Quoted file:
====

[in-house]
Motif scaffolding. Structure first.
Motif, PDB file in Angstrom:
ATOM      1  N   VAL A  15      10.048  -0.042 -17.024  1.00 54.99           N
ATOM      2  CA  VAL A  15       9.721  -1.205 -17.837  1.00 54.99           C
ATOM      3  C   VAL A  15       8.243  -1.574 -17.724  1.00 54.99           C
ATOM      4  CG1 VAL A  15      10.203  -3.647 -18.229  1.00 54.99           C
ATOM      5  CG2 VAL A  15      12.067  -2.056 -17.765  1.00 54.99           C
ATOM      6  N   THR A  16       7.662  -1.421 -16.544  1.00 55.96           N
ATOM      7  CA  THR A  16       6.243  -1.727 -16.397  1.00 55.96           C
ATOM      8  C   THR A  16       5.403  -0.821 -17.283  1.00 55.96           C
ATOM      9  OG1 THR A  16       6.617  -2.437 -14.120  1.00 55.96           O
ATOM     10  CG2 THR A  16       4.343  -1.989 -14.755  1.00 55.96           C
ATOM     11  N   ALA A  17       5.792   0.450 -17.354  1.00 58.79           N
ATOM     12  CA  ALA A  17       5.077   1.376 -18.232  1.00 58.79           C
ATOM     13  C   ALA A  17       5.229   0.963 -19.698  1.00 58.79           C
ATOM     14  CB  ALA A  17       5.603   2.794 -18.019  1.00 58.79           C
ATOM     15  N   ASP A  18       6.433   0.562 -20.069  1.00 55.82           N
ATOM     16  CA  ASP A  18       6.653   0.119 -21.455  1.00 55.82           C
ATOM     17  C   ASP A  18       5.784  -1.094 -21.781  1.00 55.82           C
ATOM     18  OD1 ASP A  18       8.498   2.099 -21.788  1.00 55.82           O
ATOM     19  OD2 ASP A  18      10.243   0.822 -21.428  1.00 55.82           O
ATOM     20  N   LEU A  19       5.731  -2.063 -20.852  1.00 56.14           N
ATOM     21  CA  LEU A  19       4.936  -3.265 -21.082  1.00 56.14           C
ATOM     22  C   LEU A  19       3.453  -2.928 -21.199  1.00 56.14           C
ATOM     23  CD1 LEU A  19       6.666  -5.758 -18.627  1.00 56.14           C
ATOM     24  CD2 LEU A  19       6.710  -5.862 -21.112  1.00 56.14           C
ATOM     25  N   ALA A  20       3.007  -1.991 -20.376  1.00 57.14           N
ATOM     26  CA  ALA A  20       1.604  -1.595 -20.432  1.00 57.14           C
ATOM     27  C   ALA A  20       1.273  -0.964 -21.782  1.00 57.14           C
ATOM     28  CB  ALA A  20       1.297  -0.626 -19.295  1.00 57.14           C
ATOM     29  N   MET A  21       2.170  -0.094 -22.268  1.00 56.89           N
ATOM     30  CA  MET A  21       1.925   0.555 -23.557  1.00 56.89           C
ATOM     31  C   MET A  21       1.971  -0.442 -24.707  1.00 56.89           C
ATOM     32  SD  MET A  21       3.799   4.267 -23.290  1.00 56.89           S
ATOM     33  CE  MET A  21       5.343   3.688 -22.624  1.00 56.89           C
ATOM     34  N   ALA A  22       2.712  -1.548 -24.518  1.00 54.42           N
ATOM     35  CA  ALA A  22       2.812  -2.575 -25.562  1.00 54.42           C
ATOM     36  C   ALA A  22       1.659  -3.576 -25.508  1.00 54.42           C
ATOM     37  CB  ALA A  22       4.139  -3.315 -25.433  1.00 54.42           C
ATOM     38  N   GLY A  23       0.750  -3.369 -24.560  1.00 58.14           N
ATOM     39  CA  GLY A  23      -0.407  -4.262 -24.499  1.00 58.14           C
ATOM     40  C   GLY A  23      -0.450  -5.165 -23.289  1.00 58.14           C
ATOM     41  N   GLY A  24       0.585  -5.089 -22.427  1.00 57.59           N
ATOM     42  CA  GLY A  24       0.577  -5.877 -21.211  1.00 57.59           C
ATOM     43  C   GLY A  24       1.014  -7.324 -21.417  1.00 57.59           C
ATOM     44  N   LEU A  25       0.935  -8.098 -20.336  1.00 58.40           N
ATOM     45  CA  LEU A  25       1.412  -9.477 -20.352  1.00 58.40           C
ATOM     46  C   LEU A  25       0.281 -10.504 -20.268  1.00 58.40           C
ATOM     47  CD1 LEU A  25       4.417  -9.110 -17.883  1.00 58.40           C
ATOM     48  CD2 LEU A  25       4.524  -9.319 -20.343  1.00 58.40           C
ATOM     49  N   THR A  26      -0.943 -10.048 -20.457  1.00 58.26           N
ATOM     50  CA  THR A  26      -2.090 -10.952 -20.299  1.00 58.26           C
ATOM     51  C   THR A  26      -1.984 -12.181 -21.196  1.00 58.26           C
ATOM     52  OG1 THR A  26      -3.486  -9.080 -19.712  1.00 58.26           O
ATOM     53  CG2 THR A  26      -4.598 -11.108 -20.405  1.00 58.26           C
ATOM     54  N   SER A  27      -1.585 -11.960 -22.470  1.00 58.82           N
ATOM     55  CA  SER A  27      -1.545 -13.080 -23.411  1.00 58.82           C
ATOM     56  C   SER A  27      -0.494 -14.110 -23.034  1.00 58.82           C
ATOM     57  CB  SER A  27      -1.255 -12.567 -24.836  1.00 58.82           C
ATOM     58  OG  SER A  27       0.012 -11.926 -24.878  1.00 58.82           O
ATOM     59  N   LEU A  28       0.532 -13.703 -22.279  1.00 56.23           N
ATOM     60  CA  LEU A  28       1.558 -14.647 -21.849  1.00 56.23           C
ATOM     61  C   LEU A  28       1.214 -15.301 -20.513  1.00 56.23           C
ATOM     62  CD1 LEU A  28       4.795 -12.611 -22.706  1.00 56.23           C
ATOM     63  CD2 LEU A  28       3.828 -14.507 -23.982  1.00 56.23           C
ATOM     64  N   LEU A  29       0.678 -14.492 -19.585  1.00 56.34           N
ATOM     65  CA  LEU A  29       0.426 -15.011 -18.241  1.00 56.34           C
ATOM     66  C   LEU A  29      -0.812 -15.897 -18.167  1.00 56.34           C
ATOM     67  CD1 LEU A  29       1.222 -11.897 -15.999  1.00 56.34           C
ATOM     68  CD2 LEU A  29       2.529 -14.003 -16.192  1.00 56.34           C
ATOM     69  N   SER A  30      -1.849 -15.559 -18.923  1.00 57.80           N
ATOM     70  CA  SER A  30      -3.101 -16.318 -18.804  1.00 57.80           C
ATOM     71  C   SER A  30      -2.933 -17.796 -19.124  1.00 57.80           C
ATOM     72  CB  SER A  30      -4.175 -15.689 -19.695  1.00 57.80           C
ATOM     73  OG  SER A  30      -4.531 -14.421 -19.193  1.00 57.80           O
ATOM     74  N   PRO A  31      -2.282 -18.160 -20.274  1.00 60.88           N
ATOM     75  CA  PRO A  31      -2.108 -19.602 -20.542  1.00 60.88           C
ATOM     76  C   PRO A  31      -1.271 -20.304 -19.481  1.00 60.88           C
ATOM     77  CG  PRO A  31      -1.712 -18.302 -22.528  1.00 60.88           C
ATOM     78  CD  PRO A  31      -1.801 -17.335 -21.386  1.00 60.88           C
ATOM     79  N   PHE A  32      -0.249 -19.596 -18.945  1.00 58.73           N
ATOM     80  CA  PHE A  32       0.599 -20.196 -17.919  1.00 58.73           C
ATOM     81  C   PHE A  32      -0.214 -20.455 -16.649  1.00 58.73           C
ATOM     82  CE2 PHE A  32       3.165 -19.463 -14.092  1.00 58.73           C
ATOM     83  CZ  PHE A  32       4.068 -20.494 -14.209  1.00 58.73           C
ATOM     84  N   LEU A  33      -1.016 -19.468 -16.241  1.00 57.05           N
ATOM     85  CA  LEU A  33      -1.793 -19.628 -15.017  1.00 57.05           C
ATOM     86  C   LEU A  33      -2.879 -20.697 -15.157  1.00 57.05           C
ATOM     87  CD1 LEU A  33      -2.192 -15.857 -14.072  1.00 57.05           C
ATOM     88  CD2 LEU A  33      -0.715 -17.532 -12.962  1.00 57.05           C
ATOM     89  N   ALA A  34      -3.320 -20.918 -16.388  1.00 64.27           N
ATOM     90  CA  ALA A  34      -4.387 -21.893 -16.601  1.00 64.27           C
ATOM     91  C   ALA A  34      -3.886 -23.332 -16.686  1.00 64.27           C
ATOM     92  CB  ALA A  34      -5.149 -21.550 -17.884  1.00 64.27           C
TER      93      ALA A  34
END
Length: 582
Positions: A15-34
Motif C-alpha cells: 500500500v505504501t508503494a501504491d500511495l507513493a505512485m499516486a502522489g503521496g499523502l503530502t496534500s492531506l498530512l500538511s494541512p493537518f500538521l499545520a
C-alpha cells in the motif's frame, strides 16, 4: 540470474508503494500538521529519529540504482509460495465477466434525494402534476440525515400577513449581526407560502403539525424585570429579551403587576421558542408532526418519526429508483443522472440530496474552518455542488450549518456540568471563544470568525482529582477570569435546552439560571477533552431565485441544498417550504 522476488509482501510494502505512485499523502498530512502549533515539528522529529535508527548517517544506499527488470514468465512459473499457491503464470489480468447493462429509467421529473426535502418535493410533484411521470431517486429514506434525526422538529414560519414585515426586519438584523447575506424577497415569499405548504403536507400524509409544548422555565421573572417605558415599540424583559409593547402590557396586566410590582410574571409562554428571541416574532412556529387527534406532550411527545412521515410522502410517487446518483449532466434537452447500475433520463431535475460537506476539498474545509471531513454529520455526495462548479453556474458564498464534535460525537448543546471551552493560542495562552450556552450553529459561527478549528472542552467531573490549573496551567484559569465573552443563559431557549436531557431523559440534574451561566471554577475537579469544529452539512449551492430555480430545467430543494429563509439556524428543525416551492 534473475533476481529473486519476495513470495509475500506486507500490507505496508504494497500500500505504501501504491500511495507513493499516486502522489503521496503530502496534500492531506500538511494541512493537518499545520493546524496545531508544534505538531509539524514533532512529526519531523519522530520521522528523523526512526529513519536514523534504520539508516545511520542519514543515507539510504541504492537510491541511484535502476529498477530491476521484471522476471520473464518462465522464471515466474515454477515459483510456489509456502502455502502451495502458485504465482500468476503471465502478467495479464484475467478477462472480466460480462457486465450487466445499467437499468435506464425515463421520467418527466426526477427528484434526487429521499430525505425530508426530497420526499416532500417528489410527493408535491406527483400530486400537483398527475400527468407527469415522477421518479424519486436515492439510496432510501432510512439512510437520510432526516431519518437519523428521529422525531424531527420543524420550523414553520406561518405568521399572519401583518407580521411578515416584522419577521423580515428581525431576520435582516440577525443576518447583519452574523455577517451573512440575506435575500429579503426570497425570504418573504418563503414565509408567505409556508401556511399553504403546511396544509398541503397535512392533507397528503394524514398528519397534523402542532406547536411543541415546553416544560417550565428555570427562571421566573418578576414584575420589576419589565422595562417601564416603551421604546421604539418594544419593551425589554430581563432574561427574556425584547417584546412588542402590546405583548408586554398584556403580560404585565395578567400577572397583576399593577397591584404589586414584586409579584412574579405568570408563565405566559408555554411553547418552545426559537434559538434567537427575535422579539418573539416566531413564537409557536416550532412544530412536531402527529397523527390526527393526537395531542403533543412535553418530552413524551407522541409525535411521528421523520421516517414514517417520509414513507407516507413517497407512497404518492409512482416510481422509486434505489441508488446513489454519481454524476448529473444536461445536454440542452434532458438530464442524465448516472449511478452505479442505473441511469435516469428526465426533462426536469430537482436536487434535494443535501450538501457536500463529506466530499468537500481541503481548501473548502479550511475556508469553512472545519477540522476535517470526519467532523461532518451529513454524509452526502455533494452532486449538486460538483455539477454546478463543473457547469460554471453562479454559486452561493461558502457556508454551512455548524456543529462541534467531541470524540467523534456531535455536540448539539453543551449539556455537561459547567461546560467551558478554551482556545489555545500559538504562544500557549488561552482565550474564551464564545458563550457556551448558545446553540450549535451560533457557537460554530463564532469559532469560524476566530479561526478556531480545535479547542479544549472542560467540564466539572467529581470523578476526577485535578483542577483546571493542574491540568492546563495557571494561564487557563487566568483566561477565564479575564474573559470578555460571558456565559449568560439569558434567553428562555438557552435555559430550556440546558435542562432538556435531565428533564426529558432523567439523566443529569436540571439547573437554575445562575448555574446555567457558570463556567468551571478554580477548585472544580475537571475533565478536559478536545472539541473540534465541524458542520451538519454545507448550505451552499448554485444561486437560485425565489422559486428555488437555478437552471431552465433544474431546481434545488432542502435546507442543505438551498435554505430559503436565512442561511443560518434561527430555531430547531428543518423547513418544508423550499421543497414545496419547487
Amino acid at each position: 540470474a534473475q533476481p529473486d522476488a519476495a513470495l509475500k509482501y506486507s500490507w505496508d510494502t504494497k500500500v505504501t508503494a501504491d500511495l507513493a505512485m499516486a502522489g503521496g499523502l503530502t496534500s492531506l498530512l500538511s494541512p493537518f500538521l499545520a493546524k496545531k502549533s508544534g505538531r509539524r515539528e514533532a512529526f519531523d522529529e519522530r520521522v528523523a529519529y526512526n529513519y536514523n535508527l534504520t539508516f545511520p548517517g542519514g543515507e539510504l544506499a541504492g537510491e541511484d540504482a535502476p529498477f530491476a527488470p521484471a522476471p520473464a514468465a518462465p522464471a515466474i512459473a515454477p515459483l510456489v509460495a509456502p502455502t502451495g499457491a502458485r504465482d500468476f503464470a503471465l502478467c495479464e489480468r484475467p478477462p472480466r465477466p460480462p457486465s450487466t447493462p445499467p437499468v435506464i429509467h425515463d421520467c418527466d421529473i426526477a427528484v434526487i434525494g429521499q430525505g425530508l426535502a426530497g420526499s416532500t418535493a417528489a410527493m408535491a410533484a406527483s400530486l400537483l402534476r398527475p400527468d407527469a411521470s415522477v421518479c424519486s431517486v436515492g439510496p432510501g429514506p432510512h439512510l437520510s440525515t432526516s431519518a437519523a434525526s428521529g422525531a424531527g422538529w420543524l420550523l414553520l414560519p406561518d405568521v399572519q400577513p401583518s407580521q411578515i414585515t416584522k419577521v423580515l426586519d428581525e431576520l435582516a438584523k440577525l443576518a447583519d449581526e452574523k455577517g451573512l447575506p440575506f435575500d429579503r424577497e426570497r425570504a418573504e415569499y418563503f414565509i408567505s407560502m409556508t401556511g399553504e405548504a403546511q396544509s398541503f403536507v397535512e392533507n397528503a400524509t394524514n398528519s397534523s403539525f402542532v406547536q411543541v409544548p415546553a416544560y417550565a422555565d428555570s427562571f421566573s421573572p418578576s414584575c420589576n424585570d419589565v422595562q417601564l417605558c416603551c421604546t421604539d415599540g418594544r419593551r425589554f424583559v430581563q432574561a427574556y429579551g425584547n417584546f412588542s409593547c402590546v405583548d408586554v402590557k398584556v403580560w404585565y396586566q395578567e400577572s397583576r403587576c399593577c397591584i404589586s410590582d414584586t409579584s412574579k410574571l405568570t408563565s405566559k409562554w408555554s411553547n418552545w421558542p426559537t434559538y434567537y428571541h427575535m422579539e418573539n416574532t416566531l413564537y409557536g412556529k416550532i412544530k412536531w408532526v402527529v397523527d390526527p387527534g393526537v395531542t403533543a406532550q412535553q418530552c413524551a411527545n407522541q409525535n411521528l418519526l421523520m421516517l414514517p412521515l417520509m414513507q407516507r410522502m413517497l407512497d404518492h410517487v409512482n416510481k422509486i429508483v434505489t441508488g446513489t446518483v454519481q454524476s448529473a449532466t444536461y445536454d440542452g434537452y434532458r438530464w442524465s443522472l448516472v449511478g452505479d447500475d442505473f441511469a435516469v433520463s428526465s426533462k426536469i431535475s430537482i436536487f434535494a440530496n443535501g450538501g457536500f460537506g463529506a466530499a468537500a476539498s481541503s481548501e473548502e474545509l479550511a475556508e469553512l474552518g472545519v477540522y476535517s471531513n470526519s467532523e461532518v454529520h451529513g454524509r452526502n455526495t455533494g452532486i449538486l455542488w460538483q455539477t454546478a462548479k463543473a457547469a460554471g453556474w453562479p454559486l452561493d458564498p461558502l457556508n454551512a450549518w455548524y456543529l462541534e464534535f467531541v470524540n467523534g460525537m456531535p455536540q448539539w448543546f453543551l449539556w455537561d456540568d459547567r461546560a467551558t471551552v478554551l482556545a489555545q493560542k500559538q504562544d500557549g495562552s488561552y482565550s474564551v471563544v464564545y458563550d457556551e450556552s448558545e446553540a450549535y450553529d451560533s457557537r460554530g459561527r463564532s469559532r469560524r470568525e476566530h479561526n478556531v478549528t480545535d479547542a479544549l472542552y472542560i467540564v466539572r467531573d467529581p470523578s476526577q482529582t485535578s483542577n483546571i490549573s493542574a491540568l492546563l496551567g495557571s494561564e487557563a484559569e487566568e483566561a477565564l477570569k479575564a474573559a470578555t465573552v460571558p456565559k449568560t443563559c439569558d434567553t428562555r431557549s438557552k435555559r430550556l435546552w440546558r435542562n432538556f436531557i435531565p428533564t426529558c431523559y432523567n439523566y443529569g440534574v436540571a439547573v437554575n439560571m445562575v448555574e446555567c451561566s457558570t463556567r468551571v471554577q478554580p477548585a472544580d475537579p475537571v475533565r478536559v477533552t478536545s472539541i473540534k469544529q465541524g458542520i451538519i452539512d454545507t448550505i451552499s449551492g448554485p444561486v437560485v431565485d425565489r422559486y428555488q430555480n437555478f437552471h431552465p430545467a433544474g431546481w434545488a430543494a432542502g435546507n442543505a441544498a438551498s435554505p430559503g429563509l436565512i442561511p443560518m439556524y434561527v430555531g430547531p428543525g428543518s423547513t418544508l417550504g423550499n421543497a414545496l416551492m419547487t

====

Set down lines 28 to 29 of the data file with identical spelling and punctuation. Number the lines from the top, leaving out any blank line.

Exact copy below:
ATOM     25  N   ALA A  20       3.007  -1.991 -20.376  1.00 57.14           N
ATOM     26  CA  ALA A  20       1.604  -1.595 -20.432  1.00 57.14           C